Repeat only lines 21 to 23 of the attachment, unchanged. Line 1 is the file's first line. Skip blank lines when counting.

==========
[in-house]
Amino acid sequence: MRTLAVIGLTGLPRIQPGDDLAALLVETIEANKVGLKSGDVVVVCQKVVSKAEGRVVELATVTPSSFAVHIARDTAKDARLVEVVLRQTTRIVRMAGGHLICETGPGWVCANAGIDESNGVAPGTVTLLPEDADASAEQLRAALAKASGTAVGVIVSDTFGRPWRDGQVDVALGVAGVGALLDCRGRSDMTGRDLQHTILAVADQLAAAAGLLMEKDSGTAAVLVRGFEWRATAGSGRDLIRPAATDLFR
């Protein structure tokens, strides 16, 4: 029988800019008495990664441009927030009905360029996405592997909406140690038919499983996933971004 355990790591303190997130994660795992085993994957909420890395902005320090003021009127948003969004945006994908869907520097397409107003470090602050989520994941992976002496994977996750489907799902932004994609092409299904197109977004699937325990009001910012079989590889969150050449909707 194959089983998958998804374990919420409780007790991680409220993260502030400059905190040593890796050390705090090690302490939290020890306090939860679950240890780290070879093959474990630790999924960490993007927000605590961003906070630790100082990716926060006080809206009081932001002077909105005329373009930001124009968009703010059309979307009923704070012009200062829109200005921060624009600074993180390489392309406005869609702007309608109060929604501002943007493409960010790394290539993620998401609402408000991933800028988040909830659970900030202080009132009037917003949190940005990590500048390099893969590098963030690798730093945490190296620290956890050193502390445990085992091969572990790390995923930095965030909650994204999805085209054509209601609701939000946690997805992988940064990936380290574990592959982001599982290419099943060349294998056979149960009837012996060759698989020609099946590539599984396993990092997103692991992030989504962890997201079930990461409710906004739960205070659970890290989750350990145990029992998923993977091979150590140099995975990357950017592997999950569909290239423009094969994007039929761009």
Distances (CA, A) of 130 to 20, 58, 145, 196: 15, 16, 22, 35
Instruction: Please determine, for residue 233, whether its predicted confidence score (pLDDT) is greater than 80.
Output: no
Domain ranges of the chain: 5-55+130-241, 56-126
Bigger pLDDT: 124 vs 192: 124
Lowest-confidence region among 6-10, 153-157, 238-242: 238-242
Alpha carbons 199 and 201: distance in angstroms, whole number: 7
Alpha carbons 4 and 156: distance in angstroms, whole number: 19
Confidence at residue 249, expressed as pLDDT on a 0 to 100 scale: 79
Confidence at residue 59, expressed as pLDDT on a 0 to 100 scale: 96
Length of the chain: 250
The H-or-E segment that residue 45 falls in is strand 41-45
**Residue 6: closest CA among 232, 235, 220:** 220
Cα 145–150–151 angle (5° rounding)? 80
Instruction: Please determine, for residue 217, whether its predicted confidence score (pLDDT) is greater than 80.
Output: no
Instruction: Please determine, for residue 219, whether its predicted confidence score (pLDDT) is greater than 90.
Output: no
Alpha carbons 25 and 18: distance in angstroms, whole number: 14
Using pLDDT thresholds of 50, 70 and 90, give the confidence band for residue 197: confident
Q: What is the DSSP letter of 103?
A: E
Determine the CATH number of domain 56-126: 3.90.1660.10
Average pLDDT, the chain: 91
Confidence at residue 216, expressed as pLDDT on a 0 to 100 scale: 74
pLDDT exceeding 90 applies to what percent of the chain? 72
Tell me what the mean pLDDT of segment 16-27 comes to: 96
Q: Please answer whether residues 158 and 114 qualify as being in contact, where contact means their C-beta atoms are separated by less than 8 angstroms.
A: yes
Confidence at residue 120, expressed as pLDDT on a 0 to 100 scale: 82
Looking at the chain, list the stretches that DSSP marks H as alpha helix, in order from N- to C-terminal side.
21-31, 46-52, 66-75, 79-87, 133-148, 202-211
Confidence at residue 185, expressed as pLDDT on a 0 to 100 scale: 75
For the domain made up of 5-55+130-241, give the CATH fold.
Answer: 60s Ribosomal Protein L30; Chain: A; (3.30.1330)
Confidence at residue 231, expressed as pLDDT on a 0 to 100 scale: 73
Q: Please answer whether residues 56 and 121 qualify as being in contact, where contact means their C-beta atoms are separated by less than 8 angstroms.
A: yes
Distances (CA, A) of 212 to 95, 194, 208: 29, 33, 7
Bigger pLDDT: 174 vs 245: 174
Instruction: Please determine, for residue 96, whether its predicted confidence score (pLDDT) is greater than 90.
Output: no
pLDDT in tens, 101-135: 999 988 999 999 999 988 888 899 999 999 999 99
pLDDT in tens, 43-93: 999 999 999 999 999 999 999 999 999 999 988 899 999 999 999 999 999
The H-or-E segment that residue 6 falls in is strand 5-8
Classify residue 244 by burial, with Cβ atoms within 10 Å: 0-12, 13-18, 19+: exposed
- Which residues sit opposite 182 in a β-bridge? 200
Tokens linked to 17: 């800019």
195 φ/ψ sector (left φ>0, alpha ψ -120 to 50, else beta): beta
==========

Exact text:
Output: no
Alpha carbons 25 and 18: distance in angstroms, whole number: 14
Using pLDDT thresholds of 50, 70 and 90, give the confidence band for residue 197: confident